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27th August

 First Published in The New York Sun, August 27, 2004

By Andrew Wolf

There are many worthy charities that New Yorkers can support. Last year, State Attorney General Eliot Spitzer made up a little list of his own favorites that he handed over to Philip Anschutz, the former chairman of Qwest. 

    Mr. Spitzer charged that Mr.Anschutz illegally profited by getting in on profitable initial public offerings, courtesy of the brokerage Salomon Smith Barney.That was alleged to be in exchange for steering lucrative investment banking business to the firm. 
    To settle the case, Mr. Anschutz agreed to pay a penalty of $4.4 million. But none of this went to any aggrieved party. Some $200,000 went to each of six law schools and $100,000 each went to 32 charities chosen by Mr. Spitzer. Among the favored groups,some are familiar to most: The Metropolitan Museum of Art, the American Museum of Natural History, Memorial Sloan-Kettering Cancer Center, the Girl Scouts of the USA — but not the Boy Scouts — and the Police Athletic League. 

    Why should a public official be able to substitute his or her own individual judgment as to the worthiness of charities? This seems to me a form of philanthropic patronage that has the potential for abuse.That could be the case with the money Mr.Anschutz paid to settle the complaint against him. 

    The name of one group jumped out at me from Mr. Spitzer’s list: the Hispanic Federation of New York City. Two others were curious as well, since they are both component groups of the Hispanic Federation, Promesa Inc. and the Institute for Puerto Rican and Hispanic Elderly Inc. 

    This is a curious form of philanthropy that Mr. Spitzer is practicing.With the possible exception of the Anti-Defamation League of B’nai B’rith, I see no other organization on the list that is so overtly directed at a particular ethnic group.Why was the Hispanic Federation so fortunate in Mr. Spitzer’s distribution scheme?

    The Hispanic Federation could not have been an unfamiliar group to Mr.Spitzer.It played a key role in Mr. Spitzer’s razor-thin election victory over the incumbent Republican attorney general, Dennis Vacco, in 1998. 

    Questioned about the death penalty, Mr.Vacco was quoted by the Jewish Week newspaper as saying, “We don’t do surveys of criminals. You don’t stand outside a bodega and ask the bandito if he would have killed somebody if there was no death penalty.” 

    Lorraine Cortes-Vazquez, then and now the president of the Hispanic Federation,was quoted in both the New York Times and Daily News expressing outrage over Mr.Vacco’s remarks. 

    “He doesn’t even realize the implications of his choice of words. The whole sentiment is a disparaging one. It’s such a poor reflection that he has on the Latino community.” 

    The “bandito” incident helped turn the spotlight away from the serious questions raised by the disclosure that Mr. Spitzer had financed his primary campaign with a $3.8 million loan from his father, rather than with his own personal assets. The attacks on Mr. Vacco by Ms. Cortes-Vazquez, the only Hispanic leader quoted in the Times article,may well have tipped this closest of all recent New York State elections to Mr.Spitzer. 

    Ms. Cortes-Vazquez is not the typical nonpartisan head of an independent nonprofit.She served as chief of staff to former Bronx Democratic boss Roberto Ramirez. Both she and her husband, Louis Vazquez, retain ties to the Bronx Democratic machine. Ms. Cortes-Vazquez receives one patronage plum after another from the machine, and Mr.Vazquez gets help with contracts for the expanding non-profit empire he heads in the Bronx,RAIN Inc.,which is a component organization of the Hispanic Federation.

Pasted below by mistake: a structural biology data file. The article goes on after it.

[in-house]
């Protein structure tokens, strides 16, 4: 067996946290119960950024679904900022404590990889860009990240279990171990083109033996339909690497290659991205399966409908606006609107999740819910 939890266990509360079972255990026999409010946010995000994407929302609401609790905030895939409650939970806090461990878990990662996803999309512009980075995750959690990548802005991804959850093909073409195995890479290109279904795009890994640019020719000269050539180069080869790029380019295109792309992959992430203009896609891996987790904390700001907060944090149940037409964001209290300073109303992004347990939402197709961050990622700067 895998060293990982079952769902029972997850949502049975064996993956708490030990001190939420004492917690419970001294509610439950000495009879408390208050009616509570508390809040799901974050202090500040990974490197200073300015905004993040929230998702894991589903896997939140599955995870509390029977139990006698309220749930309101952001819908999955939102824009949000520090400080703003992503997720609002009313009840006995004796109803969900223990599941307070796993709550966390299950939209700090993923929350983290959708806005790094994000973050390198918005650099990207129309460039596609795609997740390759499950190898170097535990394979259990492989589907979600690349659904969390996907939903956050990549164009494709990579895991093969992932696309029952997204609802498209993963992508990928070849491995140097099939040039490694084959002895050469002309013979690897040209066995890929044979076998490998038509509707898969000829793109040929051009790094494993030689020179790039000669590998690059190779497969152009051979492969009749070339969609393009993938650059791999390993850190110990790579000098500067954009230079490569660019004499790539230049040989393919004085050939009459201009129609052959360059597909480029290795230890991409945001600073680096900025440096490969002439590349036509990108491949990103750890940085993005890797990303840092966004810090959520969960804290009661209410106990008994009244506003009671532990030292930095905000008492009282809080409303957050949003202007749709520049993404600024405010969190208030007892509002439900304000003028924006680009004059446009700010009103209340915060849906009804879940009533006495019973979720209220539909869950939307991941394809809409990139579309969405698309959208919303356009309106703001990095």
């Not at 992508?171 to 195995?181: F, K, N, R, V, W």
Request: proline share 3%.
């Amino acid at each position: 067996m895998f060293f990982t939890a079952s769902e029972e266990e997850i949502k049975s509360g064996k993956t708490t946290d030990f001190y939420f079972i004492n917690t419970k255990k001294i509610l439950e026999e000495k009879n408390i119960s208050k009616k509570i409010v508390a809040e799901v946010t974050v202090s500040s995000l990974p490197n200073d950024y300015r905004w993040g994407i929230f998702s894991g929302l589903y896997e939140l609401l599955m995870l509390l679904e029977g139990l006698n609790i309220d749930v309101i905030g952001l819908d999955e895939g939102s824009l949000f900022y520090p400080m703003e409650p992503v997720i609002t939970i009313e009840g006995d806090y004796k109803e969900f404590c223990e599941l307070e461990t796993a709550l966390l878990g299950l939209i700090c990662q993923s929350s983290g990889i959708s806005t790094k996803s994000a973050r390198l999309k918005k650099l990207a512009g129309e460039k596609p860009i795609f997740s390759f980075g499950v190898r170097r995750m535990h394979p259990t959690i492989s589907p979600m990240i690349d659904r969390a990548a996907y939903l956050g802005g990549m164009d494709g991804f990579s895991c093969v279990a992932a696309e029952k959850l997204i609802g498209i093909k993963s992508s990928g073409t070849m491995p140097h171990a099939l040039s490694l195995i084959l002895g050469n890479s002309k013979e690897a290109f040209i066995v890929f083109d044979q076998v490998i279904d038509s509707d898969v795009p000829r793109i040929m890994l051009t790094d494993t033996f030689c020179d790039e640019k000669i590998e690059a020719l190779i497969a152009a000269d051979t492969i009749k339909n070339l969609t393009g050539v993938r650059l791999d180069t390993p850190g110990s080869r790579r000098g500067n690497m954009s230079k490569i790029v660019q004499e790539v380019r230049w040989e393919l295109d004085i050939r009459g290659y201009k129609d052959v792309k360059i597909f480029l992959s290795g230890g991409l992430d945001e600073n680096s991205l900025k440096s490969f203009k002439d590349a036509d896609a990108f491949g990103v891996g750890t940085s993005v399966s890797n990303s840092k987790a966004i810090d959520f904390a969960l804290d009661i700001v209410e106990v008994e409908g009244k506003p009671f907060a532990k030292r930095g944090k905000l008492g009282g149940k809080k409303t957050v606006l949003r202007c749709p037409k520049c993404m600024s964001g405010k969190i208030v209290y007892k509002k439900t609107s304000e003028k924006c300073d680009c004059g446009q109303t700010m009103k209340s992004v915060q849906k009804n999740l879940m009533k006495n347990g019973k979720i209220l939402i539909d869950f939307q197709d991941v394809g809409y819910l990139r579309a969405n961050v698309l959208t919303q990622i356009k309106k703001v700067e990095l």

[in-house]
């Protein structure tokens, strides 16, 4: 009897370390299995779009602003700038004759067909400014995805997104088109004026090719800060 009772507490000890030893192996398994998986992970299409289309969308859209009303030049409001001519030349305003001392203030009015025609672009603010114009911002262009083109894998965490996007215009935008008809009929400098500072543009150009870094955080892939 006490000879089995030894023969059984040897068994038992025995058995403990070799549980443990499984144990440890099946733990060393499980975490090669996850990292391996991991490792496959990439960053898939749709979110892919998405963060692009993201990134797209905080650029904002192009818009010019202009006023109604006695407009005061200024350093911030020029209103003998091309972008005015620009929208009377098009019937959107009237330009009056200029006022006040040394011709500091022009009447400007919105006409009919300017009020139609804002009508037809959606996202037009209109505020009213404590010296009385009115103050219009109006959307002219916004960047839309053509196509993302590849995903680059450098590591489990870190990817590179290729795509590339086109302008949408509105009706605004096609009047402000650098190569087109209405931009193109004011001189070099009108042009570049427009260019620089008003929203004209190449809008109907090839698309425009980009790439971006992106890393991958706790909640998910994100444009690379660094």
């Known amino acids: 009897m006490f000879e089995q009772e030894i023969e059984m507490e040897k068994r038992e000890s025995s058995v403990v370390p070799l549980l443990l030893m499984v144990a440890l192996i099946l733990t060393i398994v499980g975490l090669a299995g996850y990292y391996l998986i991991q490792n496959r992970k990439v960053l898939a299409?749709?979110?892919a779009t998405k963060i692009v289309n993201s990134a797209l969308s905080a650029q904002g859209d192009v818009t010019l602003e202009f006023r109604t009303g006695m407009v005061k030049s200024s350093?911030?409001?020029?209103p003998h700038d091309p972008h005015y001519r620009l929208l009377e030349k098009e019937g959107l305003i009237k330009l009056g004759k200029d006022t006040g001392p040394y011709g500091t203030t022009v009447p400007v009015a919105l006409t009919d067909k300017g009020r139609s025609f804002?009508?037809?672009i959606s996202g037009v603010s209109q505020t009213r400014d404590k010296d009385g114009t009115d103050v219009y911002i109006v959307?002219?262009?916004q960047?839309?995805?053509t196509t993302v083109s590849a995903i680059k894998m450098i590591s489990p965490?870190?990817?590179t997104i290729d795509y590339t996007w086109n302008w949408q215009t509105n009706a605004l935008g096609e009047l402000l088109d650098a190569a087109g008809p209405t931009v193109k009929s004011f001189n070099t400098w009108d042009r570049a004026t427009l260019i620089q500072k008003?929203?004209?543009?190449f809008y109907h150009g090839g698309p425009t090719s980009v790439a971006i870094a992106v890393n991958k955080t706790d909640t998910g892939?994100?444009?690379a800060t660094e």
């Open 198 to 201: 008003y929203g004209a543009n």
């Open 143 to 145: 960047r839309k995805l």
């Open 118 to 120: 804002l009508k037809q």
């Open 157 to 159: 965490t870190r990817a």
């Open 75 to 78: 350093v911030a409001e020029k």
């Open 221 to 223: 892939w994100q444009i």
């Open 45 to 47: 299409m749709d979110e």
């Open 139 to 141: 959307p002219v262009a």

Mr. Ramirez arranged for Ms. Cortes-Vazquez to serve as a Democratic elector in 2000, a position reserved for loyal party stalwarts. She was named in 2002 by the machine-controlled Bronx City Council delegation to fill the borough’s seat on the city’s Police Civilian Complaint Review Board, and then was appointed to the Bronx seat on the New York State Board of Regents, replacing Ricardo Oquendo, Mr. Ramirez’s law partner. These are all appointments controlled by the party organization. 

    Mr.Spitzer also has close,ongoing direct ties to Ms. Cortes-Vazquez’s patron, Mr. Ramirez. The Spitzer 2006 committee has already paid $47,383.25 to Mr. Ramirez’s affiliate, Global Strategies Group. The Spitzer 2002 committee paid Mr.Ramirez’s consulting firm Mirram Group $63,027.58, and Global Strategies a whopping $219,472.39. 

    In an article published in The New York Sun earlier this year, my colleague William F. Hammond Jr. disclosed that Mr. Ramirez’s firm, in a memo to a prospective client, bragged of his ties to key “decision makers,” Mr. Spitzer prominent among them.That memo read, “Elected officials have entrusted their careers to us, and we have delivered. In turn, we are now able to provide our clients with access and opportunity to an often impenetrable world…Our special relationships with key decision makers mean we can make the necessary introductions with the least amount of delays or confusion, while ensuring the greatest opportunity for successful intervention on our client’s behalf.” 

    In the context of the tangled web woven by Mr. Ramirez, between his firms, his clients, and his fees, one wonders whether the presence of the well-connected Hispanic Federation and affiliates on the list to receive an unexpected contribution from an unwitting donor forced to make this payment under duress isn’t just a new 21st century form of political patronage?

© 2004 The New York Sun, One, SL, LLC. All rights reserved.

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